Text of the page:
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The purpose of Evidence-Based Mental Health is to alert clinicians working in the field of mental health to important and clinically relevant advances in treatment (including specific interventions and systems of care), diagnosis, aetiology, prognosis/outcome research, quality improvement, continuing education, economic evaluation, and qualitative research. We will do this by selecting original and review articles whose results are most likely to be accurate and clinically useful. The articles are then summarised in value added abstracts and a commentary by a clinical expert is added.

Our target audience is psychiatrists, psychologists, nurses, occupational therapists, pharmacists, and other professionals whose clinical work can be enhanced by up to date knowledge of research in mental health. The nature of work in mental health is multidisciplinary and the aim of Evidence-Based Mental Health will be to inform mental health clinicians from all disciplines of highly relevant developments within the overall field. Evidence-Based Mental Health will cover articles concerned with a broad range of mental health problems including adults, children, older adults, people with learning disabilities, people with head injuries, drug and alcohol problems, personality disorders, and individuals who have developed psychiatric and psychological problems as a result of trauma, and psychological or psychiatric problems of people with physical health problems.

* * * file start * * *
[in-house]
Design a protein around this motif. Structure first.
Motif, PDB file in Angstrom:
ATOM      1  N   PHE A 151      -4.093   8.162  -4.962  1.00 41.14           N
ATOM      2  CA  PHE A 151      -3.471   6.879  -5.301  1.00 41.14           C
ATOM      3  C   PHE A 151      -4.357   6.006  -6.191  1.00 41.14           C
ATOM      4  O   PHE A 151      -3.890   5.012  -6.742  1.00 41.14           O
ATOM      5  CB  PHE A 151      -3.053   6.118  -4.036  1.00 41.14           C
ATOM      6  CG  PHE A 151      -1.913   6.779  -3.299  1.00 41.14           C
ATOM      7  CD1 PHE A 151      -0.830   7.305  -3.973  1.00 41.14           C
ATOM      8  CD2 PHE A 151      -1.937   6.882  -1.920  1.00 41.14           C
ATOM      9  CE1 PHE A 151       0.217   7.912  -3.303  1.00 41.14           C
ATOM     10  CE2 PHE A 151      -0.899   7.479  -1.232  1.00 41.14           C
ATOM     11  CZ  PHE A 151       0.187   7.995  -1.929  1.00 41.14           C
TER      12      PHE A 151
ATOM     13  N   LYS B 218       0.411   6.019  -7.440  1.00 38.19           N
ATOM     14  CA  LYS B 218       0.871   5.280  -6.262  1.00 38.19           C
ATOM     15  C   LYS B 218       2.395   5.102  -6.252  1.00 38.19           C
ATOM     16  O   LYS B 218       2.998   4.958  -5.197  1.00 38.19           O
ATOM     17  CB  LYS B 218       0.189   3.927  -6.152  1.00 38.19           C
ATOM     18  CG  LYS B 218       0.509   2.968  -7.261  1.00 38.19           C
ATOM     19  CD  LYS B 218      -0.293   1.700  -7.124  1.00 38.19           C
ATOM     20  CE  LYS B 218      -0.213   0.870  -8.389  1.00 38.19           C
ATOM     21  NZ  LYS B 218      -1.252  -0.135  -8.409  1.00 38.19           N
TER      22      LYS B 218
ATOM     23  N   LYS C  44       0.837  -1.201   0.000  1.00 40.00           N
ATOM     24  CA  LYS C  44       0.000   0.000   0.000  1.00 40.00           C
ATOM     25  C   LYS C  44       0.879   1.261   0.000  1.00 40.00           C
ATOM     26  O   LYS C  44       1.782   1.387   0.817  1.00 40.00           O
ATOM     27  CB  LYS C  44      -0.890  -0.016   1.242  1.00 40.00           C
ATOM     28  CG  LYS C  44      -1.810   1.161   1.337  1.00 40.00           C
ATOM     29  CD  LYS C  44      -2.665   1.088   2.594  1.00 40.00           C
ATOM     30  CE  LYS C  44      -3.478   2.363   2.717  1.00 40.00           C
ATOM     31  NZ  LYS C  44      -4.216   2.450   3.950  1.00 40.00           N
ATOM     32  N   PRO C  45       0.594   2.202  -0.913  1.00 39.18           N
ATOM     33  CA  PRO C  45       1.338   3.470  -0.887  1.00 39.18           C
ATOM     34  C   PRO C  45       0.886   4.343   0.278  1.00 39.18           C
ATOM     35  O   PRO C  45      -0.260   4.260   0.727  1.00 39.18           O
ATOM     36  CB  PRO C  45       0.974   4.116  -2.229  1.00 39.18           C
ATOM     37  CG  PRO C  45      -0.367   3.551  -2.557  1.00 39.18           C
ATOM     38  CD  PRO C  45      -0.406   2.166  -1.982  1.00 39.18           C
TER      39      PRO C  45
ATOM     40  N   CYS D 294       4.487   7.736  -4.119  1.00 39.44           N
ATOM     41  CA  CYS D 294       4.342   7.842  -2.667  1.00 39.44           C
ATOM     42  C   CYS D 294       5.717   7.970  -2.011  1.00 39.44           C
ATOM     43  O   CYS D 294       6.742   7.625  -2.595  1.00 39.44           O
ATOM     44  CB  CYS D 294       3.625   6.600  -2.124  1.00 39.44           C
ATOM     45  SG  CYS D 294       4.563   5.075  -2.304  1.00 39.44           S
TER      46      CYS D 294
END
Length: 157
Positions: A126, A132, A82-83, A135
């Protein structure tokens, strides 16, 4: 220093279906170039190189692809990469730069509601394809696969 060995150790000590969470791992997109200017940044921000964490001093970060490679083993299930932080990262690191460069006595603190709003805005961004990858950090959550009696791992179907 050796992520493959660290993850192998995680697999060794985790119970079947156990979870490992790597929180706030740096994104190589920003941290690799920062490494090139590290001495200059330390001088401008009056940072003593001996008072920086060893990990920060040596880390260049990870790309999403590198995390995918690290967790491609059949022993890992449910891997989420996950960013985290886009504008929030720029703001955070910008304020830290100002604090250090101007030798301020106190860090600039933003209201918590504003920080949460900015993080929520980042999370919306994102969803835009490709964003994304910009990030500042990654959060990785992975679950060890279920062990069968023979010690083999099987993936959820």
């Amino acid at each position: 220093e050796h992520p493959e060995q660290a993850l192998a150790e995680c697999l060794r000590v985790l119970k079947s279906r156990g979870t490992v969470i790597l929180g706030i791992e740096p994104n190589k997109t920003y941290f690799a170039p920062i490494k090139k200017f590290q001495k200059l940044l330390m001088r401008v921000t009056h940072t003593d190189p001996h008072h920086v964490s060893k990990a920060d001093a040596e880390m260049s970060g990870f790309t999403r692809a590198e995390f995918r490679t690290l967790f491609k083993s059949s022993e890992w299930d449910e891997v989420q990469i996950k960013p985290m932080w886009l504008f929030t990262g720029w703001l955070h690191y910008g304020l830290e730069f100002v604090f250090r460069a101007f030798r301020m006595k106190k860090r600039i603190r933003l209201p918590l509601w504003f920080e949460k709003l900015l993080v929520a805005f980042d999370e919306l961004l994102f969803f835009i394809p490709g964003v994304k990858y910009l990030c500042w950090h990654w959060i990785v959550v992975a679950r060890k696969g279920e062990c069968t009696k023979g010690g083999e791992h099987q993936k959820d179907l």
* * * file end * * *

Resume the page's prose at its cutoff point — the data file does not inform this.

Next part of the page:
The procedures that are used to select and abstract journal articles are based closely on those developed by our sister journal, Evidence-Based Medicine. These procedures are:

  • Selecting, using prestated, empirically derived criteria, the best original and review articles on the causes, course, diagnosis, prevention, treatment, quality of care, economics, or qualitative research of disorders in mental health

  • Introducing these articles with declarative titles stating the clinical bottom line and summarising them in structured abstracts that describe their questions, methods, and results

  • Adding brief commentaries prepared by clinical experts to place each study in …

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